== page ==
Background: Several studies report substantial differences in the prevalence of skin test reactivity to allergens in children from adjacent geographic areas; others report an increased prevalence over time. To find out whether these differences depend on variations in skin reactivity to histamine, we determined the time trend of histamine wheal sizes in successive cohorts of unselected children living in the same area (Viterbo, Italy).
Methods: We conducted three epidemiologic surveys, each including children aged 9 and 13 years. The 1983–7 study investigated 170 children (150 were tested twice); the 1992 study, 158 children; and the 1996 study, 208 children.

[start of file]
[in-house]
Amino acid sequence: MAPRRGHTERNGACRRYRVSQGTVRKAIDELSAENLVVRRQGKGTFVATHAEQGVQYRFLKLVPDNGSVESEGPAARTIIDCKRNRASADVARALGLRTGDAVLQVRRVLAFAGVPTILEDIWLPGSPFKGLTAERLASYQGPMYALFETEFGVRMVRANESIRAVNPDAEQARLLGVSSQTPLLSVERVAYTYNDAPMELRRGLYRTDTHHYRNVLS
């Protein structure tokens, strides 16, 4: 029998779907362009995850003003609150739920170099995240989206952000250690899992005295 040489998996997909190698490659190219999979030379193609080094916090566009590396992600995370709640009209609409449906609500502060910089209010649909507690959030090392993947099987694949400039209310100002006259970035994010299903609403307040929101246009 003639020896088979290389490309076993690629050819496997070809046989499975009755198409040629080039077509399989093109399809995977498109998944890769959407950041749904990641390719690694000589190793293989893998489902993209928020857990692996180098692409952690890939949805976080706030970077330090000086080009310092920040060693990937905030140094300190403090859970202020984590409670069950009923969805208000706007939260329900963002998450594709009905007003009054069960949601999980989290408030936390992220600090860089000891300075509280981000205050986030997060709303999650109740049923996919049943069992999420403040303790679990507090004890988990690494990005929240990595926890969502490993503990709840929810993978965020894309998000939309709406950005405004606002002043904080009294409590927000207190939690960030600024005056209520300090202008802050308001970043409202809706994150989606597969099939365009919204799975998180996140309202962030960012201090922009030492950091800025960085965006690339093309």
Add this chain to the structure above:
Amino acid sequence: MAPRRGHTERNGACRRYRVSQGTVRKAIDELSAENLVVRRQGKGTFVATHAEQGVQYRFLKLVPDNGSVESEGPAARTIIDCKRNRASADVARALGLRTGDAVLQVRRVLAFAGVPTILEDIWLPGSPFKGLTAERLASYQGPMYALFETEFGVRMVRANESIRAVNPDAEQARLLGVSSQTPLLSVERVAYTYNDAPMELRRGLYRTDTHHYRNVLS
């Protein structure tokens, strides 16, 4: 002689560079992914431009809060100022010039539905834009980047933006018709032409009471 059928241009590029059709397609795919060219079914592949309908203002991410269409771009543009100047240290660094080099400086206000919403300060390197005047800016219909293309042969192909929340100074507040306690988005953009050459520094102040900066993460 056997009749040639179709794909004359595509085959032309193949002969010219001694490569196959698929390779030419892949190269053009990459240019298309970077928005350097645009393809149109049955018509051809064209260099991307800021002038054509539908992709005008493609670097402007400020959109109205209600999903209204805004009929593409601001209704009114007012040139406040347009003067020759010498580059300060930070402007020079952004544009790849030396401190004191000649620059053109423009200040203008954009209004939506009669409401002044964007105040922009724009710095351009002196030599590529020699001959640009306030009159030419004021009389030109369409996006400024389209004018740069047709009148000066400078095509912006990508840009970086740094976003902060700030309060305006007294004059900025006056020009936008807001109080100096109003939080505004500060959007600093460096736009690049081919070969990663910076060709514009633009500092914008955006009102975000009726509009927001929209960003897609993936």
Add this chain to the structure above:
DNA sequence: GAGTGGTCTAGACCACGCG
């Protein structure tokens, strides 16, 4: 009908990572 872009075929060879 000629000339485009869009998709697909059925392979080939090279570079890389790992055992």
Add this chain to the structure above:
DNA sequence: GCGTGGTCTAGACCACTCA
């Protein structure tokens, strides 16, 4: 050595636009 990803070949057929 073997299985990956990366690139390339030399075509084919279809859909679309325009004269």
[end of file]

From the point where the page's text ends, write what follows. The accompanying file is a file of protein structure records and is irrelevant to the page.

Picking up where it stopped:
Results: In both age groups, the mean diameter of the wheal induced by histamine skin prick tests (10 mg/ml) increased significantly over time (9-year-olds: 3.25 mm in 1983, 4.68 in 1992, and 5.89 in 1996; 13-year-olds: 3.89 mm in 1987, 5.18 in 1992, and 6.50 in 1996) (P<0.001 between subsequent studies). The distribution of the wheal diameters for both ages showed a trend to a right shift in the three successive studies (P<0.001). The dose-response curves for three histamine concentrations (0.2, 1, and 10 mg/ml) had significantly steeper slopes in 1996 than in 1983–7 (P<0.001).
Conclusions: The marked time-related increase in the size of the histamine wheals could help to explain the trend toward an increased prevalence of positive allergen skin test reactions reported during the past years. The causes of increased skin reactivity to histamine remain conjectural.